If there’s one thing we can agree on in this country, it’s that we want to take care of veterans when they return from combat. We want to support them in living productive lives, in which the traumas of war no longer haunt them. In order to do so, we need to innovate, to be forward-thinking, and to combine science and proven therapeutic methods to build new approaches to an old problem: Post Traumatic Stress.
That’s what the team at USC’s Institute for Creative Technologies is doing. Albert “Skip” Rizzo and his team are using virtual reality — a technology in the midst of booming growth — to help combat veterans fully process and recover from PTSD. In Rizzo’s “Bravemind” program, patients revisit painful memories in a VR setting, under the care of a trained therapist. This sense memory allows them to access the memory clearly and, in doing so, to fully process it. It’s a revolutionary type of exposure therapy that has so far netted promising results.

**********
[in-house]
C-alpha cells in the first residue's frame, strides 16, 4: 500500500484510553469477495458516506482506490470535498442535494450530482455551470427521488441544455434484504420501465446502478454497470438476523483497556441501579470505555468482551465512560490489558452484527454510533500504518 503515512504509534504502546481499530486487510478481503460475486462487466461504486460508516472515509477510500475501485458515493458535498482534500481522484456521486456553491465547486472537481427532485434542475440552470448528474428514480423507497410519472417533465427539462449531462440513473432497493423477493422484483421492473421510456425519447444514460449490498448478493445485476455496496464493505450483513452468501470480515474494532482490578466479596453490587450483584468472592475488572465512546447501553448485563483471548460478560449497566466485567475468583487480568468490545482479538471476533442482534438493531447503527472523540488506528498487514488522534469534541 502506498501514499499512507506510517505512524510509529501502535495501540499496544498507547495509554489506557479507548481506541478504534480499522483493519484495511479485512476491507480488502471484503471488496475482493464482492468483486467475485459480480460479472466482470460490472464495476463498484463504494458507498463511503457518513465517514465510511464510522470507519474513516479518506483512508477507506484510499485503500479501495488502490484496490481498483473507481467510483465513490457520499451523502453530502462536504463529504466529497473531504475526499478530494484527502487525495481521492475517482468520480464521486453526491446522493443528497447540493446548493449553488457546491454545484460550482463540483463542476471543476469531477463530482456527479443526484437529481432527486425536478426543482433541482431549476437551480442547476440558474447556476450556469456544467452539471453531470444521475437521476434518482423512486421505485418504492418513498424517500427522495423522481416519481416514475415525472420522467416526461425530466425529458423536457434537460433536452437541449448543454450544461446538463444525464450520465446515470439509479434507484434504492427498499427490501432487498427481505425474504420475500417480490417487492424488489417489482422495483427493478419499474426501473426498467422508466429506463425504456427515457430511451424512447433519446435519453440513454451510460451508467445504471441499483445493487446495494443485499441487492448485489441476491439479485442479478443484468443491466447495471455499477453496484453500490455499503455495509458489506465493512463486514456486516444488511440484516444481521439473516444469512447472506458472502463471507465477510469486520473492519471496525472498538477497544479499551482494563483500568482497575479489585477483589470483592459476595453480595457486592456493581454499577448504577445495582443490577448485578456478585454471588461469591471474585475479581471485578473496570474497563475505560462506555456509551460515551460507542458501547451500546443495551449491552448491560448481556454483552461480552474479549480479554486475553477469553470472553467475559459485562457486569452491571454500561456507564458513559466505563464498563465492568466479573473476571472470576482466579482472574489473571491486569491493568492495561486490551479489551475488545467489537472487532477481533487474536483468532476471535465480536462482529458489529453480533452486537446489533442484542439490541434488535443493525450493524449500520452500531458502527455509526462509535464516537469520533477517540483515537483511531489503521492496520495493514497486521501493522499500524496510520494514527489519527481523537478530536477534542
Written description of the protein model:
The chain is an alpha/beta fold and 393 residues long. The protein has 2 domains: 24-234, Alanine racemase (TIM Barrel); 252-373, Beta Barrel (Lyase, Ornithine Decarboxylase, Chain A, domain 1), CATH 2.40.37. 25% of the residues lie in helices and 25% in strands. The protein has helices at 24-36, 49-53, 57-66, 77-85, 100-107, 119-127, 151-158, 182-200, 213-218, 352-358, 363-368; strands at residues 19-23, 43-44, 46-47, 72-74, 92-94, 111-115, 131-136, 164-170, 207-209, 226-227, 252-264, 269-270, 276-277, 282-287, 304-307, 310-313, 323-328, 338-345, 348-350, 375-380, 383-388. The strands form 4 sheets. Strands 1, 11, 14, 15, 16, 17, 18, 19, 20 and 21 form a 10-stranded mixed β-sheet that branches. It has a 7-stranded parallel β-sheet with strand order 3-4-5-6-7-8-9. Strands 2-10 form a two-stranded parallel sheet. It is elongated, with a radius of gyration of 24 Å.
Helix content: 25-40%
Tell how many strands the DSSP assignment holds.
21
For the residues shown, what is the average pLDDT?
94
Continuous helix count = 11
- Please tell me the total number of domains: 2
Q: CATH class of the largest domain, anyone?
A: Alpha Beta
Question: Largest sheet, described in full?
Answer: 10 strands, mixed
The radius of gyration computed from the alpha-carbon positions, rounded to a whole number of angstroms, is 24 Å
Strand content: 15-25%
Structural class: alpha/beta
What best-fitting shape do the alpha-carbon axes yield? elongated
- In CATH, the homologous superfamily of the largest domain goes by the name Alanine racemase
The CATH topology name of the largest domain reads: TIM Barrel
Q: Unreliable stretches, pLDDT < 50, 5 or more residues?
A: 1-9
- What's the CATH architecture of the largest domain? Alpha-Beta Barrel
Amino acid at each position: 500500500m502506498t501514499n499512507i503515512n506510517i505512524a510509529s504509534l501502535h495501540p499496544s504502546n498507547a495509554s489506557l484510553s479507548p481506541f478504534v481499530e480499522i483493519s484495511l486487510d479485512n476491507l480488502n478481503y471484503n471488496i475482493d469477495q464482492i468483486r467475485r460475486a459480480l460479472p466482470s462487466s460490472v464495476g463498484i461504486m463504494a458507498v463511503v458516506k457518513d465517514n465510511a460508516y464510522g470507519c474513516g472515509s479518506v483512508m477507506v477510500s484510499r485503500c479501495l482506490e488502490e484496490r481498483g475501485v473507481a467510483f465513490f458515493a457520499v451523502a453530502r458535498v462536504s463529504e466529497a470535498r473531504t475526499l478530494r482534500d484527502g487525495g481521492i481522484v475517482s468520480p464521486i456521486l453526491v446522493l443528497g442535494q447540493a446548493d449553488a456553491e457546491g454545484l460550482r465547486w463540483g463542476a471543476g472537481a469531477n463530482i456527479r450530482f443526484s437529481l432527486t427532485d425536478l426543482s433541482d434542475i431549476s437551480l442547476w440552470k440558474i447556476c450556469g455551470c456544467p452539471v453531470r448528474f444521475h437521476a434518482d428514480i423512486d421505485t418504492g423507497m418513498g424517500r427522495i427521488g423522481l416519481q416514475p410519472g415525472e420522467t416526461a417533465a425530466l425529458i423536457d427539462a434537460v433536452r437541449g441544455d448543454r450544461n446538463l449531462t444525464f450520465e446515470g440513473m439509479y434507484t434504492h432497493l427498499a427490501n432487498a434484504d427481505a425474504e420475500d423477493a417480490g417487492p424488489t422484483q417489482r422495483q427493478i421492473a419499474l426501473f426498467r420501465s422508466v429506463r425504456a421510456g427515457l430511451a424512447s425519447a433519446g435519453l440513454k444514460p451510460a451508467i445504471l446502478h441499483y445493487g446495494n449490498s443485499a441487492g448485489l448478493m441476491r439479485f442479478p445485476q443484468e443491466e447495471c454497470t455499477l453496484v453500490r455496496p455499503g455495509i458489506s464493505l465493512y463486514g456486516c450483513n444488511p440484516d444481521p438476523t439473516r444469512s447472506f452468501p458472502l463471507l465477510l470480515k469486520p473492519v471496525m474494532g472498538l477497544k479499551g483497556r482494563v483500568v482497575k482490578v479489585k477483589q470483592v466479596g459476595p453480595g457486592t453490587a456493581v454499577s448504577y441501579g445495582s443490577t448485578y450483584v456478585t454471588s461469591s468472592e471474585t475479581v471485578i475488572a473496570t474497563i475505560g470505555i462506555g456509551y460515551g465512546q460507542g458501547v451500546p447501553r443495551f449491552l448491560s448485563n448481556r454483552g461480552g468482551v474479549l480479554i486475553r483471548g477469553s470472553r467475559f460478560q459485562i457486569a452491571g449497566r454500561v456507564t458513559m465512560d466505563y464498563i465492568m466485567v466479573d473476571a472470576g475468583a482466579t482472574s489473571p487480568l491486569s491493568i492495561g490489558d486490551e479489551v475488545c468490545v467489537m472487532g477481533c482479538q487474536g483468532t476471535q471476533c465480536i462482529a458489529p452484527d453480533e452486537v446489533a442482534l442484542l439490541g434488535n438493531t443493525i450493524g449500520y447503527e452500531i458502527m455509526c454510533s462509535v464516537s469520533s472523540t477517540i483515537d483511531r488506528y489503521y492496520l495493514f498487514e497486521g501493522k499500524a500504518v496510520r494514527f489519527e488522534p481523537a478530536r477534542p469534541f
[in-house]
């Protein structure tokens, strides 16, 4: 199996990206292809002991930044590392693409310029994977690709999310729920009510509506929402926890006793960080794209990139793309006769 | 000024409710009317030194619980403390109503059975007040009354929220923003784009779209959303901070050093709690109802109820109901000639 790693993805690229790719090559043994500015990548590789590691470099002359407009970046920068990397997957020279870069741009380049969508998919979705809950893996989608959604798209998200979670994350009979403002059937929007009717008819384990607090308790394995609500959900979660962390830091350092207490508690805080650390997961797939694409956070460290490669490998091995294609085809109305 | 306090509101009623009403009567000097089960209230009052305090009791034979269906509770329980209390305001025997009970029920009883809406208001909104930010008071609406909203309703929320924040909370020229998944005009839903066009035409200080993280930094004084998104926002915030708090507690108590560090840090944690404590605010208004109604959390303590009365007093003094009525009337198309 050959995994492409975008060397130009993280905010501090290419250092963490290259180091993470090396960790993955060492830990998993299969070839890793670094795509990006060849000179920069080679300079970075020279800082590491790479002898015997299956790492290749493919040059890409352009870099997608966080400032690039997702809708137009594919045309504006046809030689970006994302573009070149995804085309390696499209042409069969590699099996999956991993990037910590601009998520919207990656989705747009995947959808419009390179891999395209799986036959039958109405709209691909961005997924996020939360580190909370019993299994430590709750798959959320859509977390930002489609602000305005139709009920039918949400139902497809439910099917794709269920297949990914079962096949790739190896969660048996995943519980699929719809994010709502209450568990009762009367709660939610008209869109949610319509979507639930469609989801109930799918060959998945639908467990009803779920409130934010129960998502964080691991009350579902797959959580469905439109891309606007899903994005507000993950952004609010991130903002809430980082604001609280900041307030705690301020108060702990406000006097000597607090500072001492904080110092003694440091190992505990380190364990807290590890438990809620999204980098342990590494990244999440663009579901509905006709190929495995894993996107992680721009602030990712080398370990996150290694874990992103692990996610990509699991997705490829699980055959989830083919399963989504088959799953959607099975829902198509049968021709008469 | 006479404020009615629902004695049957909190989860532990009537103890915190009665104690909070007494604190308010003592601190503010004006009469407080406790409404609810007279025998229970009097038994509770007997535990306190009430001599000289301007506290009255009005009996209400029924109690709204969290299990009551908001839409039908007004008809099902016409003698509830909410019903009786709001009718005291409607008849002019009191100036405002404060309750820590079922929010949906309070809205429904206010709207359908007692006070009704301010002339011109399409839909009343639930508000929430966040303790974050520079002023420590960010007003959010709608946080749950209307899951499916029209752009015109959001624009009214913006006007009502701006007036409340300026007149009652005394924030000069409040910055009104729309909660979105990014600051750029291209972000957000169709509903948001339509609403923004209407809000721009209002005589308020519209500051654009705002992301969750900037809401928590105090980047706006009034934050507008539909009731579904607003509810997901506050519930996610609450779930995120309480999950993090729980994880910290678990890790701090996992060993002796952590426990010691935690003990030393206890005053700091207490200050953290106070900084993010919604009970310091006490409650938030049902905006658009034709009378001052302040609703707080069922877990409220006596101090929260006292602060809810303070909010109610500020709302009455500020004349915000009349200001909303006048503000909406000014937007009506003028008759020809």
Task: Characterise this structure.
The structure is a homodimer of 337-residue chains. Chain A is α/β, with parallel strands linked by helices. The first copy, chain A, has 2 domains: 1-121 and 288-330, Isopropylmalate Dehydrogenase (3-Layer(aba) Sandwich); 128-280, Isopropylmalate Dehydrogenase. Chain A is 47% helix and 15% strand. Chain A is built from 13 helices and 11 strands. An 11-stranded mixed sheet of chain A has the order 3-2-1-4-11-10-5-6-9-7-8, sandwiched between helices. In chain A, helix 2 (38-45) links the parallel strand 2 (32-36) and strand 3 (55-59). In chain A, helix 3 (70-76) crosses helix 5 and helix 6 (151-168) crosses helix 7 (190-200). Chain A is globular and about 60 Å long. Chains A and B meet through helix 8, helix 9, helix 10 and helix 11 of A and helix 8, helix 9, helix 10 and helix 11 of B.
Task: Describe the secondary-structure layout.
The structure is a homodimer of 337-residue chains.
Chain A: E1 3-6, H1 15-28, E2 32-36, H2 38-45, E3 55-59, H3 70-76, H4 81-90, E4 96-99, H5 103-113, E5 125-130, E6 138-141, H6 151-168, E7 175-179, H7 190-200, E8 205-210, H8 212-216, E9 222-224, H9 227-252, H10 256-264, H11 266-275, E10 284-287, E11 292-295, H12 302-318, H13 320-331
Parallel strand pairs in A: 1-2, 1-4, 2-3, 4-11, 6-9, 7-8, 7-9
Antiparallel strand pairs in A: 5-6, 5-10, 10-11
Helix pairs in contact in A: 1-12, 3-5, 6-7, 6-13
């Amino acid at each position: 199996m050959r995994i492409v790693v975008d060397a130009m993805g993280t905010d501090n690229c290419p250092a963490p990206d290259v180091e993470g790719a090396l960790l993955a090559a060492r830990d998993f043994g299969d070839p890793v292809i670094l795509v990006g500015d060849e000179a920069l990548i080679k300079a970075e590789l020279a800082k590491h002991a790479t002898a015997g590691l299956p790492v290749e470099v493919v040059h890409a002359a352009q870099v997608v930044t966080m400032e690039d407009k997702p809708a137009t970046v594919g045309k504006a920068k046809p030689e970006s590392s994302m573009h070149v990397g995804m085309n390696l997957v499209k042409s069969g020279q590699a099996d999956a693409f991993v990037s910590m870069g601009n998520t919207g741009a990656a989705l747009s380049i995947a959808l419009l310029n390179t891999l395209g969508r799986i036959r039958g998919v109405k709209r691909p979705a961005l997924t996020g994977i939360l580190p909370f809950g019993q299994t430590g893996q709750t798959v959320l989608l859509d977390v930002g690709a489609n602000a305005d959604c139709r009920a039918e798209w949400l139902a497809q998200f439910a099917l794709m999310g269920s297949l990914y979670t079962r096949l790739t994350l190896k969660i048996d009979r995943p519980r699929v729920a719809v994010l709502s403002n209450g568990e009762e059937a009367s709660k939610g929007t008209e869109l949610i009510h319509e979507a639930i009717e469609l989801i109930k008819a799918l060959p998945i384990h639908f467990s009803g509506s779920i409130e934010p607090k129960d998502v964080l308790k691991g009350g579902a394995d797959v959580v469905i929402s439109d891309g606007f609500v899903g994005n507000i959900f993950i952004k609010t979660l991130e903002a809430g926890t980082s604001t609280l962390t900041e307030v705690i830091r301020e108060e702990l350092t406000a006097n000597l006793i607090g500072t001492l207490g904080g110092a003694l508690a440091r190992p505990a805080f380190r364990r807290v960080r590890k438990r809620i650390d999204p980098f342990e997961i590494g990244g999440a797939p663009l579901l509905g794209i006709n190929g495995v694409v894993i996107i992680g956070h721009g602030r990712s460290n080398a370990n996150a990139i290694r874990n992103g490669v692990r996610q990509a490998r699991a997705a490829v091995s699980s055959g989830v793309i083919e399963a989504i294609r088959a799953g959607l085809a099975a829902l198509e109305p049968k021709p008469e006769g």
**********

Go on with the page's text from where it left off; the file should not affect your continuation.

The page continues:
Exposure therapy isn’t new, of course, but having the “exposure” take place in the safe setting of a therapist’s office, with virtual reality so precise that it even involves added scents, does indeed seem revolutionary.